And to quote the Bard, “Shade never made anybody less gay.”[4]

The complicated case of Michael Field spotlights the idiosyncracies of pronoun and number in the English language. We’re familiar with the “Royal ‘we,’” which allows one person to claim the plural pronoun to indicate that she or he also represents a high office. My college-age self found the universal male pronoun to be an outrage of misogyny and imprecision; my medieval studies professor was reciprocally horrified when I applied a universal female pronoun to his British colleagues who published Chaucer criticism using their first initials. Turnabout, I soon learned, is not fair play.

When Michael Field appropriate male pronouns on Michael Field’s behalf, they’re operating within—and pushing against—the guardrails of linguistic conventions of the moment. Further still, when they, as women, appropriate the grammatical conventions of number, they highlight the insidiously easy erasure of women in heterosexual marriage and in the legal personhood that follows. Michael Field pull back the curtain, or open the kimono, or drop the trousers—choose your metaphor—to reveal the queer lives lived under cover of a man’s name.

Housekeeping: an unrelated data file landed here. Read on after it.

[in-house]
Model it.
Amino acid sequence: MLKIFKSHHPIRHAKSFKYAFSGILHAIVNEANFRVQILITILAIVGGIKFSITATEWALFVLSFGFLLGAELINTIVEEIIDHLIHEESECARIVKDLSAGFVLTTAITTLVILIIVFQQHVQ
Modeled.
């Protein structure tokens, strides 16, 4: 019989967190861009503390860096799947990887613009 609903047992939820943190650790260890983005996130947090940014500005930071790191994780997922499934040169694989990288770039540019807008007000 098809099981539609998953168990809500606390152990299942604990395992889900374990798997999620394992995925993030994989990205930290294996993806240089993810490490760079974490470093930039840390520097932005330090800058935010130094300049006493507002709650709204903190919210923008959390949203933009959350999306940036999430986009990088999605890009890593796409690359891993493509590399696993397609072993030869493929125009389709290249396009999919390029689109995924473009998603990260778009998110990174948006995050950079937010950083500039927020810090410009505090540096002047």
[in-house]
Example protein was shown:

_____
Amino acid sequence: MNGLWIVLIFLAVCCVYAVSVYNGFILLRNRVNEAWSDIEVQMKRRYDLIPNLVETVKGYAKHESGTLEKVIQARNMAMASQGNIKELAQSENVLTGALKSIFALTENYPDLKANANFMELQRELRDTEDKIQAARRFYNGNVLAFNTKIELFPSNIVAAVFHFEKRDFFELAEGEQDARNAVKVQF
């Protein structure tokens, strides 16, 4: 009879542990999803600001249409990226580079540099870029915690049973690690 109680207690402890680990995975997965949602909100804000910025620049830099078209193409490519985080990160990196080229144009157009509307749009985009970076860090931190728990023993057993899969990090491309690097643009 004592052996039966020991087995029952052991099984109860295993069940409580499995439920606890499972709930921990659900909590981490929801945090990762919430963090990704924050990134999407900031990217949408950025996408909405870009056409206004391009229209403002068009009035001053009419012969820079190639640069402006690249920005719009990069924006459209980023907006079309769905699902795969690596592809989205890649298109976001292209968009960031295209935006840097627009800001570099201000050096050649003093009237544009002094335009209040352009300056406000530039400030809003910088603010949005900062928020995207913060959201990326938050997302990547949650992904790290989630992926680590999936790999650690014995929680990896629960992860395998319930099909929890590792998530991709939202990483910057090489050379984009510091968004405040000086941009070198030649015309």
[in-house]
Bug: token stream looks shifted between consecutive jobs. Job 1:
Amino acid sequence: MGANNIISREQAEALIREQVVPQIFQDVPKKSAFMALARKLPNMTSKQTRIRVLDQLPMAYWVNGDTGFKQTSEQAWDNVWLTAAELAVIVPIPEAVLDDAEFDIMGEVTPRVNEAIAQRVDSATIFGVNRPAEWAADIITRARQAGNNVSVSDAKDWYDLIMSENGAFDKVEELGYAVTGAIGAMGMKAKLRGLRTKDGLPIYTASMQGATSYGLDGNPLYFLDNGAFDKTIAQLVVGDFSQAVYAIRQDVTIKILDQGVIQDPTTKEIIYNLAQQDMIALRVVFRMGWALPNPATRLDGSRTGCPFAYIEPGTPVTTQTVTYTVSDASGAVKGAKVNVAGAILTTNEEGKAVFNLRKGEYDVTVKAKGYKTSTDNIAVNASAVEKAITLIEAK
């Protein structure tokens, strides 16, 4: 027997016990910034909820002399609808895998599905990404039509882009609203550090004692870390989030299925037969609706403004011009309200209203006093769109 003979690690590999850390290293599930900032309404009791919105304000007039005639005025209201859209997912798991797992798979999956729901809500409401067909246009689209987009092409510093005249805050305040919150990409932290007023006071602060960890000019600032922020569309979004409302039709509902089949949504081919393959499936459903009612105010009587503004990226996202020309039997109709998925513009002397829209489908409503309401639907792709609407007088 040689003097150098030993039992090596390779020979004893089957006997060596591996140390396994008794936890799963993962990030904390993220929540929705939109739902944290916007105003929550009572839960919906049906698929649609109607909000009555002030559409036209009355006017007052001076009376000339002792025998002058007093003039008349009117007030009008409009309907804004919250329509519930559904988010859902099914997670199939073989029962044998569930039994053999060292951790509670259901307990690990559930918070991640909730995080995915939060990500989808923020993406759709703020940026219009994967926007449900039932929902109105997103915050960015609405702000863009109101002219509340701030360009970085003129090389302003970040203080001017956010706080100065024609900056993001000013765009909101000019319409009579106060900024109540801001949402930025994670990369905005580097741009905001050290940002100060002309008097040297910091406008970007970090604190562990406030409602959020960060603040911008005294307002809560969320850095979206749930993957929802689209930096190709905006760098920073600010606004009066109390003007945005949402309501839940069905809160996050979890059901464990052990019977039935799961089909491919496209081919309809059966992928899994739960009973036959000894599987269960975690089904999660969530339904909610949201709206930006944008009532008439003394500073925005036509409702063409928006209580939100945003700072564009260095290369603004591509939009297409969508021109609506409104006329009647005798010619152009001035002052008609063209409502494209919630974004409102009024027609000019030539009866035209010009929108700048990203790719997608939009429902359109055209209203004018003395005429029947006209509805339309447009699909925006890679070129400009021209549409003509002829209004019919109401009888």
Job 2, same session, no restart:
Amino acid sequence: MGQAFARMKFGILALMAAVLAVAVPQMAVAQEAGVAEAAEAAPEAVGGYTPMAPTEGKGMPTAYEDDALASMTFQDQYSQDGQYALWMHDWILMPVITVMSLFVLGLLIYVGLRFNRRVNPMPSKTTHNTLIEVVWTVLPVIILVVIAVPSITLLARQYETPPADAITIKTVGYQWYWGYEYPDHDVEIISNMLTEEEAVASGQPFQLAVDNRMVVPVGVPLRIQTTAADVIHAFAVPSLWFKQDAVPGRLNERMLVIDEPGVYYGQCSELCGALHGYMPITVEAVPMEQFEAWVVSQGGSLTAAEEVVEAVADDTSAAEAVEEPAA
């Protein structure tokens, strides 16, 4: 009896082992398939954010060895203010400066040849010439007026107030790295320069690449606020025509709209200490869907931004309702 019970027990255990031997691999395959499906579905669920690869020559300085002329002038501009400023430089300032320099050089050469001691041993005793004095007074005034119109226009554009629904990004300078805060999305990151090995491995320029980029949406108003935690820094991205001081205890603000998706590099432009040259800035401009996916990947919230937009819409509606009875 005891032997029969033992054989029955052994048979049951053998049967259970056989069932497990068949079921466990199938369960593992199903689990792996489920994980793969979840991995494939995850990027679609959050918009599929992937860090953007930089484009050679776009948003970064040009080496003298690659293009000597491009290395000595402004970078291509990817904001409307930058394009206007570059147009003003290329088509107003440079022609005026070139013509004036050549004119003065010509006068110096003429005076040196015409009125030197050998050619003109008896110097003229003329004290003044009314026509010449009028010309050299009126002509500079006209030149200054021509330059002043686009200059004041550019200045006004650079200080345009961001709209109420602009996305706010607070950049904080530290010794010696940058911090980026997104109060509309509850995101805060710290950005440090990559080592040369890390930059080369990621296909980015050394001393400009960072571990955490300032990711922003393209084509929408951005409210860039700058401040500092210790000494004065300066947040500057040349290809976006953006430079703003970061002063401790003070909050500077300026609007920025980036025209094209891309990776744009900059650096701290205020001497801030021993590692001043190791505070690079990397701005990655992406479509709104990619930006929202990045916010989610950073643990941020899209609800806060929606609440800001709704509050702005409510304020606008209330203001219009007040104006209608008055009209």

[1] Michael Field, One Soul We Divided: A Critical Edition of the Diary of Michael Field. Carolyn Dever, ed. Princeton: Princeton University Press, 2024, 35.

[2] Quoted in Emma Donoghue, We Are Michael Field. Bath: Absolute Press, 1998, p. 39.

[3] William Blackstone, Commentaries on the Laws of England (1874). London: Oxford. Vol. I, p. 442.

[4] Taylor Swift, “You Need to Calm Down.” Lover. Republic Records, 2019.



Carolyn Dever is professor of English and creative writing at Dartmouth College. Her books include Chains of Love and Beauty: The Diary of Michael Field (Princeton) and Death and the Mother from Dickens to Freud: Victorian Fiction and the Anxiety of Origins.